One of the more interesting things about the design is that
                              because the fork blades were not bent, they could be heat
                              treated.  (Fork blades are generally not hardened past
                              normal levels).

                              The other part of the story of that fork is the name, Yo Eddy.
                              Fat City employee Mike Papaconstantine was a graffiti
                              artist and he came up with a character named Yo Eddy.
                              The shop rats at Fat City liked the character and started
                              their own underground t-shirt movement that only later
                              picked up by the marketing type and applied to everything
                              from bikes to grease.

                              There's more to the story, things like big piles of laser
                              cut struts that are still in use today.  And the fact that
                              the Yo Eddy fork (and frame) came into being because
                              of the Specialized Extreme S 2.5" tire (tires driving
                              fork design - not a new situation).

                              But I wanted you all to know that there were a couple
                              of real people who did some original work that came
                              together to form a product whose allure has lasted
                              over time.

                              Thank you Jeff.  Thank you Mike.

                              We're all better off because of you.




                              Matthew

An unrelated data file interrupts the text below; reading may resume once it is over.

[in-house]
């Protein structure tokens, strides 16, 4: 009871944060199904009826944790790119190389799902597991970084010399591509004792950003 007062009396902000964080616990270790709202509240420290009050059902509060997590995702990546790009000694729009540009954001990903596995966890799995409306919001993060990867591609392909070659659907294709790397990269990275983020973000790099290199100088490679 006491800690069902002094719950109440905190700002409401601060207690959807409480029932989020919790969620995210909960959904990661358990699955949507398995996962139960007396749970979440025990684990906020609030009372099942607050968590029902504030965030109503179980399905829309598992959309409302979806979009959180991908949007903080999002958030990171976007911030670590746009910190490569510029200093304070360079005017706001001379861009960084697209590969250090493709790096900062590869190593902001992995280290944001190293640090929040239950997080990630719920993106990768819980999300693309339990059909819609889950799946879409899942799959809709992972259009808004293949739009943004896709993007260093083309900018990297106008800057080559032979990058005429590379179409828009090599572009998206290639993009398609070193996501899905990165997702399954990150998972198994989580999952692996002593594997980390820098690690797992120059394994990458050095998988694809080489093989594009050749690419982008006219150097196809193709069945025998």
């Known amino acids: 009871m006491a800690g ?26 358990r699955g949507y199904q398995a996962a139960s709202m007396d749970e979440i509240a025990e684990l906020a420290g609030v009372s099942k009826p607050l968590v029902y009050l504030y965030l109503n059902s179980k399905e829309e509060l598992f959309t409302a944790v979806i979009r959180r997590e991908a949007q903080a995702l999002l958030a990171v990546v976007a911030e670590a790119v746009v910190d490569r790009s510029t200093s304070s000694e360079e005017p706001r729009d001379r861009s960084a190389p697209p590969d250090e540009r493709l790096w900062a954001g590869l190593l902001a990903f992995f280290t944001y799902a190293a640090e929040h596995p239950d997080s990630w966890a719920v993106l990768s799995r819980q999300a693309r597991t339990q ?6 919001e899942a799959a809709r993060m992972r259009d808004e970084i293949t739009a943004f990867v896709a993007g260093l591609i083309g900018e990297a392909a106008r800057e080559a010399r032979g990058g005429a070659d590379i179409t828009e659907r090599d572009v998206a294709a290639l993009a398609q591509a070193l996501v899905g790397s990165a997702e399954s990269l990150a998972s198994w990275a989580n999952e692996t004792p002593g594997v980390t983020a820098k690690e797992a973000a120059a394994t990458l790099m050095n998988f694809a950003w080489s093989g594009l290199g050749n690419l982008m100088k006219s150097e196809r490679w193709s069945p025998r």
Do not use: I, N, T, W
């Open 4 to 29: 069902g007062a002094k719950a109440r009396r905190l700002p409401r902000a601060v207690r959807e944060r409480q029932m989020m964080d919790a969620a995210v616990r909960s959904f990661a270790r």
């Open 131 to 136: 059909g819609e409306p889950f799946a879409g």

First, repeat after me: "Talent borrows, genius steals" (thank Wilde for that)

                              Second, SWEET! The Yo fork was hands-down the finest riding rigid fork ever! It was better than any unicrown and also better than the flat crown B'Stone used on their last generation of MB-1 frames. It rode great over the rough stuff and did well under hard braking (unlike the B-Stone fork!) People might dismiss it because it's welded and - gasp - has straight legs. Phooey on them. This fork has more thought behind it that the majority of pretty flat crown forks out there and it shows in the ride.

                              Chris Lowe
                              __

                              I think the Kogswell version has curved blades--at least the concept Matthew posted on Jan 17 did.  As for welded: <shrug>.

                              But what made the original YO such a great-riding fork?  Perhaps the fact that the blades are cantilevered out on relatively thin-wall struts (allowing some flex in both the rotational and linear directions) as opposed to the thicker walls required in the upper bends of unicrowns? 

                              Murray


                            • Chris Lowe